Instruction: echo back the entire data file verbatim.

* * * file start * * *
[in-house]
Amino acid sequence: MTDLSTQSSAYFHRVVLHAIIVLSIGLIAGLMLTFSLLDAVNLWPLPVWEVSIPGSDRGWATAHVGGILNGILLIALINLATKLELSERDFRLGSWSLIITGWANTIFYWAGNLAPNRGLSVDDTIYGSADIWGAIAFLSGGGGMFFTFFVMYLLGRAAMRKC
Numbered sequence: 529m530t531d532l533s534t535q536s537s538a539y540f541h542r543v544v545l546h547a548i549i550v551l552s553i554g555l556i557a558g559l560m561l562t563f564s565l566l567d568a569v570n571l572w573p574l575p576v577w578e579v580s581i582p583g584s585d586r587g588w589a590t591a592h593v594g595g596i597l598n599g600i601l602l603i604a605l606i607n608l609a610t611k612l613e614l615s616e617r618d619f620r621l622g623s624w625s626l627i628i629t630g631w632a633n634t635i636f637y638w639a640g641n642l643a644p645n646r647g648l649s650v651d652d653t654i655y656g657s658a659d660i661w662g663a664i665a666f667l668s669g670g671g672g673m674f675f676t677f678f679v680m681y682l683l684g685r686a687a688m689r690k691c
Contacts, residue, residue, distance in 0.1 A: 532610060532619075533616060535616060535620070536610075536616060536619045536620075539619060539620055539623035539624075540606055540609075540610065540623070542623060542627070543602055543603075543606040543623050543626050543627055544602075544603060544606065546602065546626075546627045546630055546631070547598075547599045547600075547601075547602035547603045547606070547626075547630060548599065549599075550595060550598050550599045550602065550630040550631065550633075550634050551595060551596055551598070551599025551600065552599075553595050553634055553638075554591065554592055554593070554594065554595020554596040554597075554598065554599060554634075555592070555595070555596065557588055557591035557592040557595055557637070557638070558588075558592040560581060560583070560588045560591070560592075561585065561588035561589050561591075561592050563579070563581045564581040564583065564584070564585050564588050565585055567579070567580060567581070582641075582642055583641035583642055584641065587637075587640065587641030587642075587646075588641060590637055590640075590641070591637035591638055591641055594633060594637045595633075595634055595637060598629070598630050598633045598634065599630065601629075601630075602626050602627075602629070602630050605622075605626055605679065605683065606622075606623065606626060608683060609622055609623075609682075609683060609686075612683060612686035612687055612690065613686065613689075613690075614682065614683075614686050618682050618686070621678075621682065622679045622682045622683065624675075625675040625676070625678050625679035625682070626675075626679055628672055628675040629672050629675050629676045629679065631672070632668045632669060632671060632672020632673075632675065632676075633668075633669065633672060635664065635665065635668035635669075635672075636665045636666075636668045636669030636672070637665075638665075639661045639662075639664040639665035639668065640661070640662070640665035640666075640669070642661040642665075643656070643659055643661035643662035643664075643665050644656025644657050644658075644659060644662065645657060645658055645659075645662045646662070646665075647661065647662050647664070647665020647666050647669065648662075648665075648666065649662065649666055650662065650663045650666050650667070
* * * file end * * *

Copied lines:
[in-house]
Amino acid sequence: MTDLSTQSSAYFHRVVLHAIIVLSIGLIAGLMLTFSLLDAVNLWPLPVWEVSIPGSDRGWATAHVGGILNGILLIALINLATKLELSERDFRLGSWSLIITGWANTIFYWAGNLAPNRGLSVDDTIYGSADIWGAIAFLSGGGGMFFTFFVMYLLGRAAMRKC
Numbered sequence: 529m530t531d532l533s534t535q536s537s538a539y540f541h542r543v544v545l546h547a548i549i550v551l552s553i554g555l556i557a558g559l560m561l562t563f564s565l566l567d568a569v570n571l572w573p574l575p576v577w578e579v580s581i582p583g584s585d586r587g588w589a590t591a592h593v594g595g596i597l598n599g600i601l602l603i604a605l606i607n608l609a610t611k612l613e614l615s616e617r618d619f620r621l622g623s624w625s626l627i628i629t630g631w632a633n634t635i636f637y638w639a640g641n642l643a644p645n646r647g648l649s650v651d652d653t654i655y656g657s658a659d660i661w662g663a664i665a666f667l668s669g670g671g672g673m674f675f676t677f678f679v680m681y682l683l684g685r686a687a688m689r690k691c
Contacts, residue, residue, distance in 0.1 A: 532610060532619075533616060535616060535620070536610075536616060536619045536620075539619060539620055539623035539624075540606055540609075540610065540623070542623060542627070543602055543603075543606040543623050543626050543627055544602075544603060544606065546602065546626075546627045546630055546631070547598075547599045547600075547601075547602035547603045547606070547626075547630060548599065549599075550595060550598050550599045550602065550630040550631065550633075550634050551595060551596055551598070551599025551600065552599075553595050553634055553638075554591065554592055554593070554594065554595020554596040554597075554598065554599060554634075555592070555595070555596065557588055557591035557592040557595055557637070557638070558588075558592040560581060560583070560588045560591070560592075561585065561588035561589050561591075561592050563579070563581045564581040564583065564584070564585050564588050565585055567579070567580060567581070582641075582642055583641035583642055584641065587637075587640065587641030587642075587646075588641060590637055590640075590641070591637035591638055591641055594633060594637045595633075595634055595637060598629070598630050598633045598634065599630065601629075601630075602626050602627075602629070602630050605622075605626055605679065605683065606622075606623065606626060608683060609622055609623075609682075609683060609686075612683060612686035612687055612690065613686065613689075613690075614682065614683075614686050618682050618686070621678075621682065622679045622682045622683065624675075625675040625676070625678050625679035625682070626675075626679055628672055628675040629672050629675050629676045629679065631672070632668045632669060632671060632672020632673075632675065632676075633668075633669065633672060635664065635665065635668035635669075635672075636665045636666075636668045636669030636672070637665075638665075639661045639662075639664040639665035639668065640661070640662070640665035640666075640669070642661040642665075643656070643659055643661035643662035643664075643665050644656025644657050644658075644659060644662065645657060645658055645659075645662045646662070646665075647661065647662050647664070647665020647666050647669065648662075648665075648666065649662065649666055650662065650663045650666050650667070